In brief - Construction industry will be impacted by Heavy Vehicle National Law 2012 (Qld)
There are a number of important changes introduced under the HVNL, which were explored in a recent article
by transport and logistics Partner, Michelle Taylor. This article considers how those changes specifically impact upon the construction industry.
Construction companies may share responsibility for the safety of transport activities
One of the most important principles that underpins the HVNL is the concept of the "chain of responsibility" (CoR). The CoR assigns a legal obligation to any person who is involved in the supply chain.
It is well understood that owners and those involved in the operation of heavy vehicles are part of this CoR. However, the changes to the HVNL mean that companies and individuals within the construction industry may now share this responsibility. This is because the HVNL has introduced a new concept of liability for "transport activities".
Transport activities include any business practice or decisions made in relation to the use of a heavy vehicle on the road. This means that if a construction company hires or uses a heavy vehicle or engages a logistics provider (who subsequently uses a heavy vehicle) to deliver building materials to a site, they will have a duty to ensure that those activities are carried out safely. This obligation will equally apply to a principal or project owner supplying principal supplied materials under a contract to its own site.
Obligations on companies or individuals engaged in transport activities
If a construction company or principal is involved in transport activities, they will be required to ensure "so far as is reasonably practicable, the safety of the party's transport activities relating to the vehicle". This means that the construction company will need to take proactive steps to ensure for instance, that the heavy vehicle being used is roadworthy.
Directors and other persons involved in the management of a construction company should also be aware that they may be held personally liable for ensuring that their company complies with their safety duties under the HVNL.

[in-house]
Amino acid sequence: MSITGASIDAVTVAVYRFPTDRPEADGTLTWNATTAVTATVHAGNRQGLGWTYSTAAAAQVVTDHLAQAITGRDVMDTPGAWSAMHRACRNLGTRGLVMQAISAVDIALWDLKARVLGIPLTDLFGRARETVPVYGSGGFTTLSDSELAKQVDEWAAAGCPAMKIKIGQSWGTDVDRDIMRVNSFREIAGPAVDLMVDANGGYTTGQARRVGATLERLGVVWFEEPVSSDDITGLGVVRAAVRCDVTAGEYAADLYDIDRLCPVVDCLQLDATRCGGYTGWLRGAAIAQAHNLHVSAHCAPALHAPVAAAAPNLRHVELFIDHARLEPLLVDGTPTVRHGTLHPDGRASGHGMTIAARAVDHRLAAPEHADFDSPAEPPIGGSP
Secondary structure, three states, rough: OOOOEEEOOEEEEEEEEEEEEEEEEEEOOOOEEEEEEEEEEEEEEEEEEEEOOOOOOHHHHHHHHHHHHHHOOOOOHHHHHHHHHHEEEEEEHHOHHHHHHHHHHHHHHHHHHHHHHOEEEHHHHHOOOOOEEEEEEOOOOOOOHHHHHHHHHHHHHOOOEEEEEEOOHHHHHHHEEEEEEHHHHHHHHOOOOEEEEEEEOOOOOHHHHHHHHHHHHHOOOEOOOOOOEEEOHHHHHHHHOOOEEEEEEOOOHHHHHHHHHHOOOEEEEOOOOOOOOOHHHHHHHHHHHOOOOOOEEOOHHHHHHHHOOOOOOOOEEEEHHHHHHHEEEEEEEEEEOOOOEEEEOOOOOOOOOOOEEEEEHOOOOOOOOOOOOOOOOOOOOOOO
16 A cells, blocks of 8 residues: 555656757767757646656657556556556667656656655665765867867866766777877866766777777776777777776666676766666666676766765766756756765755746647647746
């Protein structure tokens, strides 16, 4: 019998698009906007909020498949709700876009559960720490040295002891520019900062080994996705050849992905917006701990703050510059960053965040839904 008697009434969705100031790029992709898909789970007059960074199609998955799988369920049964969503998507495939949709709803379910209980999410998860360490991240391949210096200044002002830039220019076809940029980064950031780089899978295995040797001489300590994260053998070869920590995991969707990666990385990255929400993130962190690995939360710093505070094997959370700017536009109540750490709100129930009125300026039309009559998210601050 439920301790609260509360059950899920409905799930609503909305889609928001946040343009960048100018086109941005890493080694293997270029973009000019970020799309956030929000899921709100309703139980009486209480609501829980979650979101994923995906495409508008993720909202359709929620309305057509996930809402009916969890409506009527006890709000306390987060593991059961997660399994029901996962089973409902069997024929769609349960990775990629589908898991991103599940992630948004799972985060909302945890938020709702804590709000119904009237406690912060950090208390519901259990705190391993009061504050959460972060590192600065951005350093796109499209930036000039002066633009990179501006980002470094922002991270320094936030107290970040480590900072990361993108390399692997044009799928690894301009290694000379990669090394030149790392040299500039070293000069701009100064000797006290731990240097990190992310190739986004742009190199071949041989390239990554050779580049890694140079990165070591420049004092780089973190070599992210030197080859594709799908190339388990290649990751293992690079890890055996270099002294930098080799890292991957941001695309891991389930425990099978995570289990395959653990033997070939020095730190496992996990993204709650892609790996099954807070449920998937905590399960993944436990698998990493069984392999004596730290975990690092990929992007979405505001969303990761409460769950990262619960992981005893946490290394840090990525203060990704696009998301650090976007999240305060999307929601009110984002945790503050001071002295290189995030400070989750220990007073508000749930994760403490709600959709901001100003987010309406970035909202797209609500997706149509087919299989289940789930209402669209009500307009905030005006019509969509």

Severe penalties will apply to corporations and individuals that fail to comply with these safety duties. Corporations could face a fine of up to $3 million, while individuals could be fined up to $300,000 or five years' imprisonment.
Implications of the Heavy Vehicle National Law 2012 (Qld) on construction contracts
Transport services are integral to the delivery of all construction projects. Accordingly, it is essential that all participants (owners, contractors and suppliers) are aware of the obligations imposed by the HVNL, and should take steps to ensure their contracts are amended to comply with these obligations.
The HVNL places a number of restrictions on what type of clauses may be included in a contract.
For instance, one of the new provisions of the HVNL prohibits a contract from directing or encouraging a driver of a heavy vehicle to:
- exceed a speed limit
- drive while fatigued, or
- exceed their maximum working hours
Companies that have existing contracts in place relating to the use of heavy vehicles, should ensure that the terms and conditions of those contracts:
- are not contrary to the HVNL
- do not seek to annul, exclude or restrict the effect of any provision of the HVNL or
- do not require a person to pay or reimburse all or part of a penalty that has been made against another person
The above mentioned provisions will apply to all contracts, irrespective of the date those contracts were entered into. Accordingly, all contracts currently on foot, should be reviewed and revised to ensure they comply with the HVNL.
This is commentary published by Colin Biggers & Paisley for general information purposes only. This should not be relied on as specific advice. You should seek your own legal and other advice for any question, or for any specific situation or proposal, before making any final decision. The content also is subject to change. A person listed may not be admitted as a lawyer in all States and Territories. © Colin Biggers & Paisley, Australia 2019.